In many areas of life we accept that experimentation, competition and replication of success will gradually lead to better results, or improved suitability to the environment. This is the basics of evolution and market efficiency.
When it comes to public services this notion meets the moral intuition that justice and fairness requires an equality of treatment, hence a universal standard of provision.
However, imposing universality prevents experimentation and can stymie adaptation to local demands, becoming a conservative break on improvement.
Some style this type of opposition as fairness vs. efficiency, but what I am concerned with is fairness vs. improvement.
While the equality of destitution is the easiest form of equality to engineer, it not the equality that most meaningfully aspire to.
How do you get experimentation, competition and replication of successful results in public services?
Having a diversity of providers that can grow and fail, as in the private sector has many attractions.
When compared with delivery by centralised bureaucracy, discrete service providers have the advantage that they have simpler chains of command with less competing priorities. They can also focus on developing their specific specialism and expertise within the organisation.
Among the problems of outsourcing to the private sector is that using public resources to pay providers who have a duty to retain part of those resources as private profit is the very definition of systemically inefficient. Money will be skimmed or the directors are not doing their legal duty.
There are also the arguments that a private sector motivations are inappropriate in many areas of public service. Prioritising greed as a motivatori does not fit well those who have a caring vocation and that introducing a financial incentive changes the values through which people judge an interactionii.
As such it makes sense to outsource to providers who do not operate for private profit i.e charities and social enterprises. In this way we retain the feature of a number of specialised, interchangeable service providers but any profits are reinvested in the organisation and service provision. Charities may also draw in additional resources to subsidise service provision, the exact opposite of what will happen if a private company is contracted.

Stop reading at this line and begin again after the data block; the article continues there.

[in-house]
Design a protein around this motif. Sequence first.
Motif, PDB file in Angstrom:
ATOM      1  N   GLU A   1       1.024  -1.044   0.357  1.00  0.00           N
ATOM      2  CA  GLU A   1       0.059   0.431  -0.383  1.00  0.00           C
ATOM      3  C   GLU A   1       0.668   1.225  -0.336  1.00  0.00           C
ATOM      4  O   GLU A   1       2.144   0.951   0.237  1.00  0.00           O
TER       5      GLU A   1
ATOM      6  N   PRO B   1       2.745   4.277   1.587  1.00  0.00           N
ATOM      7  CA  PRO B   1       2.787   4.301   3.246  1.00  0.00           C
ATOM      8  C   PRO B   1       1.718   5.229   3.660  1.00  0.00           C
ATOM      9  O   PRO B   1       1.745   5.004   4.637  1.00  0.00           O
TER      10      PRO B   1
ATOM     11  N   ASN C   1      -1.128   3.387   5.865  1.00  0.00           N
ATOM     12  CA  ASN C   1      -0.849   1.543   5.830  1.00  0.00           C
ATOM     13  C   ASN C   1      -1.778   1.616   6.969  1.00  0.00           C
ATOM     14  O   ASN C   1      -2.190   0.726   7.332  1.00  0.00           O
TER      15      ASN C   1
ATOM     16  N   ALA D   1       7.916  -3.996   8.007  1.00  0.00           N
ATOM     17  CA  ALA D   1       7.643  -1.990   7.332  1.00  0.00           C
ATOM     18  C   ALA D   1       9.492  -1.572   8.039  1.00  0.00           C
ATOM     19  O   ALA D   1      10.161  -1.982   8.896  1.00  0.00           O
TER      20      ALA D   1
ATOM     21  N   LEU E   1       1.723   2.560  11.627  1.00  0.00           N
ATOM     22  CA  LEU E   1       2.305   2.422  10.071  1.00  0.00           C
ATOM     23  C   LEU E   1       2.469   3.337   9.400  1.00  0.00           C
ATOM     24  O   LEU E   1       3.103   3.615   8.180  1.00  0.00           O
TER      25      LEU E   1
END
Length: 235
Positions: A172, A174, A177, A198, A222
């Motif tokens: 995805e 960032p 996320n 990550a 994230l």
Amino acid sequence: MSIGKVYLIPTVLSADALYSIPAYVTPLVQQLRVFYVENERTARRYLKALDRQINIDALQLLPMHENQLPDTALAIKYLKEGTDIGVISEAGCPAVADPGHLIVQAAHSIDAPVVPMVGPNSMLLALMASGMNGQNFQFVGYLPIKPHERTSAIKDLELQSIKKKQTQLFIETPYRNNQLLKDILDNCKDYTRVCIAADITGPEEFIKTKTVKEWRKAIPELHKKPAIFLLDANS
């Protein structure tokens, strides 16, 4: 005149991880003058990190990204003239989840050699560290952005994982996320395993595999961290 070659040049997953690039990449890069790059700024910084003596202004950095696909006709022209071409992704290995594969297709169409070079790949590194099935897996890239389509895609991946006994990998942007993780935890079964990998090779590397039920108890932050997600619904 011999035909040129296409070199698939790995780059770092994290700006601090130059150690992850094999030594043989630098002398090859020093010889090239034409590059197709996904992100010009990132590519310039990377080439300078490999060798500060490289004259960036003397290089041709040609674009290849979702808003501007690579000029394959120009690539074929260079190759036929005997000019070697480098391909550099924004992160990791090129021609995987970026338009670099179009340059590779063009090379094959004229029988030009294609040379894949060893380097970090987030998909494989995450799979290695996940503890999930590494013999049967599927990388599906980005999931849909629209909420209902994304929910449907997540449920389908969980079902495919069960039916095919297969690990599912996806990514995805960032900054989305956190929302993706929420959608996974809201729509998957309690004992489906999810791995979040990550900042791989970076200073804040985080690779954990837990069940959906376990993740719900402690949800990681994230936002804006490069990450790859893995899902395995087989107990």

How do we get successful service provision by community-benefit organisations?
For a market mechanism to work the customer must be able to determine which provider best satisfies their demands, and allocate resources accordingly. Without this, “bottom up” or customer allocation of resources will not produce the virtuous dynamism desired.
Similarly it is not safe to outsource any function that an organisation does not have proper understanding of in-house. Without in house knowledge you cannot know what you are buying and whether or not it is best available option.
In health care and in education it is hard for the end user to be the best judge of their own self interest. Expertise is required in the former, the latter is largely consumed by children. In these cases, and others, there is an argument for retaining the state as the customer, allocating contracts, while the citizen remains the consumer.
But the state, or more specifically the functionaries of the state, have no innate expertise. One of the state’s key roles will be to develop, retain and enhance the expertise required for it to be a effective purchaser on behalf of citizens. This is essentially means having a firm grasp on the best ways to deliver a particular service.